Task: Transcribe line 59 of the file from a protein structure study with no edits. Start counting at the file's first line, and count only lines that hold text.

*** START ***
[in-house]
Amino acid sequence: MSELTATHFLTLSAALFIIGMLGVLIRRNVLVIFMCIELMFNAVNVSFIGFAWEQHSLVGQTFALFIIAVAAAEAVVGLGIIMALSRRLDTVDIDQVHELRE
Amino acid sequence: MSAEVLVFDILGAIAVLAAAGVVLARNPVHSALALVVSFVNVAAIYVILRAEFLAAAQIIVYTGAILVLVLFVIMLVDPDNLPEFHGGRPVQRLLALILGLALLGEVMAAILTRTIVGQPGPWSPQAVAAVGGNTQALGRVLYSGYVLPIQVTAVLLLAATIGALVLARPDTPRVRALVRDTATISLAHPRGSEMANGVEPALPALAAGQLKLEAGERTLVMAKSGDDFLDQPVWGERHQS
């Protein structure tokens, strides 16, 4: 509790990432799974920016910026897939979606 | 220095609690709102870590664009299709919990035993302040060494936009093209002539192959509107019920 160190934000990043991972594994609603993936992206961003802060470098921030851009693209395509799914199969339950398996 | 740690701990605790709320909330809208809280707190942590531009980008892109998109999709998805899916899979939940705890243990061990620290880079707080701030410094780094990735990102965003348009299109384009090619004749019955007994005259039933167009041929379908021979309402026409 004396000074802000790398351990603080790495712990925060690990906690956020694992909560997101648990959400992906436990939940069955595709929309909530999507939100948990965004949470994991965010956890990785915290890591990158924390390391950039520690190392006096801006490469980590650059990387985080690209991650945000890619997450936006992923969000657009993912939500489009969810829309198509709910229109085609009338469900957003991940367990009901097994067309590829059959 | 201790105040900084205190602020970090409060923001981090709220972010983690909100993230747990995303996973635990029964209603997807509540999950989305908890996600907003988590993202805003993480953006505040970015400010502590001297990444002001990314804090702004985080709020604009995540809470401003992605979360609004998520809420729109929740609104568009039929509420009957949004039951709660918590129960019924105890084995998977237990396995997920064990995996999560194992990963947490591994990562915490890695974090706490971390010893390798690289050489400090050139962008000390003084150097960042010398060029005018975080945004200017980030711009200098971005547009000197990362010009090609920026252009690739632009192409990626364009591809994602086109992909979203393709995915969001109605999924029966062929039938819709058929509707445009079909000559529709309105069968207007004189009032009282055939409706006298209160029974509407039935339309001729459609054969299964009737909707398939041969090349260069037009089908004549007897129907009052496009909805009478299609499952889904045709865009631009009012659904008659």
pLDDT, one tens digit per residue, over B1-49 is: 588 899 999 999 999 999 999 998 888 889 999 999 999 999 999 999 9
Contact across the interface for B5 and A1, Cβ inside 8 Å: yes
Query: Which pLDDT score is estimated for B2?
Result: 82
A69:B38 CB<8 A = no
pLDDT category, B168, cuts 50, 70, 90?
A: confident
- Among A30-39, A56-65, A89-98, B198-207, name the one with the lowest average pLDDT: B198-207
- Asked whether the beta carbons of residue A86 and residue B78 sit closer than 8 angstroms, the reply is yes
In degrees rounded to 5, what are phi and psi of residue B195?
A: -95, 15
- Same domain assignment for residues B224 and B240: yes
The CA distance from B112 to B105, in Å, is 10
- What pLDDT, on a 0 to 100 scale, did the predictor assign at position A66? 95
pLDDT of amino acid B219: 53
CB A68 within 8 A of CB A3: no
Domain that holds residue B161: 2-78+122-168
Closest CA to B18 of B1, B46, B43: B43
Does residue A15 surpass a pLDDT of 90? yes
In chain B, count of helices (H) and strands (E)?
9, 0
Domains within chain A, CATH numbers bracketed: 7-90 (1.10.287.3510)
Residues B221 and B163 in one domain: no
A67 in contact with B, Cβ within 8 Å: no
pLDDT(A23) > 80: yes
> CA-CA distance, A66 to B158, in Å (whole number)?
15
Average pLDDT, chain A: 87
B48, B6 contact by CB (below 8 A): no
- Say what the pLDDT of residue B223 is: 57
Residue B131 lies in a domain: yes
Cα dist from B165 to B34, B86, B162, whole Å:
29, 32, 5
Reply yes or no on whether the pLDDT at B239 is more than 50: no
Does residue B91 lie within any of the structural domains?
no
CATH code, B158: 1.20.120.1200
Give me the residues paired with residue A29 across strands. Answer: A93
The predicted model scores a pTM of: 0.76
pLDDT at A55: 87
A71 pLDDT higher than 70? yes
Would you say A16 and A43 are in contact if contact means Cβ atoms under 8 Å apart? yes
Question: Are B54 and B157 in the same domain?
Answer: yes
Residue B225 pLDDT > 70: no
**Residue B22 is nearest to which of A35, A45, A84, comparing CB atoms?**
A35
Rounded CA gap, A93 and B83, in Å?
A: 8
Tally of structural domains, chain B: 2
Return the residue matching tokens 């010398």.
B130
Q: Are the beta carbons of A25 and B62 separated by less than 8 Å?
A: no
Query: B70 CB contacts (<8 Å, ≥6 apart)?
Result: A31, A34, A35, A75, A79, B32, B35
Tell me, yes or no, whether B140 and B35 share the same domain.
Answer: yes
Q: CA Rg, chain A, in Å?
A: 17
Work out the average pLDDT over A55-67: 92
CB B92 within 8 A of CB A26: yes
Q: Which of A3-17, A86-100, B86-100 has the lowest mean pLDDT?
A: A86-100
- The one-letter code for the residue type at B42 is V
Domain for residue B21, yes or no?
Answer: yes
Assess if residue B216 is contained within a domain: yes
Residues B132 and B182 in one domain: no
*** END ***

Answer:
Query: B70 CB contacts (<8 Å, ≥6 apart)?